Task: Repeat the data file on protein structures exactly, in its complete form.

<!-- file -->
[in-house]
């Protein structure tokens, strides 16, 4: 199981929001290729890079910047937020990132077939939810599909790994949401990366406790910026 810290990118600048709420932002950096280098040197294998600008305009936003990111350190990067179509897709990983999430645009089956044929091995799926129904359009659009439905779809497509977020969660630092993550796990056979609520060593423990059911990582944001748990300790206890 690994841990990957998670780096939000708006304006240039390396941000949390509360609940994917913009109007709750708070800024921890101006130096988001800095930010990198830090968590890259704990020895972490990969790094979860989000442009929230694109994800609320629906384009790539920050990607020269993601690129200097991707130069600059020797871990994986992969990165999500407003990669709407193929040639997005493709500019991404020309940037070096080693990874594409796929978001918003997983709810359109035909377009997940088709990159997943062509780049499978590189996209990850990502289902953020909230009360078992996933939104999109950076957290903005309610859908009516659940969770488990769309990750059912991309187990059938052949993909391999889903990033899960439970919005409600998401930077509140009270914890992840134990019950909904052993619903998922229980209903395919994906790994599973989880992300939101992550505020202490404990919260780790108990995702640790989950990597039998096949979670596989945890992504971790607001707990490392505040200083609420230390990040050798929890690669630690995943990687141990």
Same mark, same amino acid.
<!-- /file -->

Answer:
[in-house]
């Protein structure tokens, strides 16, 4: 199981929001290729890079910047937020990132077939939810599909790994949401990366406790910026 810290990118600048709420932002950096280098040197294998600008305009936003990111350190990067179509897709990983999430645009089956044929091995799926129904359009659009439905779809497509977020969660630092993550796990056979609520060593423990059911990582944001748990300790206890 690994841990990957998670780096939000708006304006240039390396941000949390509360609940994917913009109007709750708070800024921890101006130096988001800095930010990198830090968590890259704990020895972490990969790094979860989000442009929230694109994800609320629906384009790539920050990607020269993601690129200097991707130069600059020797871990994986992969990165999500407003990669709407193929040639997005493709500019991404020309940037070096080693990874594409796929978001918003997983709810359109035909377009997940088709990159997943062509780049499978590189996209990850990502289902953020909230009360078992996933939104999109950076957290903005309610859908009516659940969770488990769309990750059912991309187990059938052949993909391999889903990033899960439970919005409600998401930077509140009270914890992840134990019950909904052993619903998922229980209903395919994906790994599973989880992300939101992550505020202490404990919260780790108990995702640790989950990597039998096949979670596989945890992504971790607001707990490392505040200083609420230390990040050798929890690669630690995943990687141990």
Same mark, same amino acid.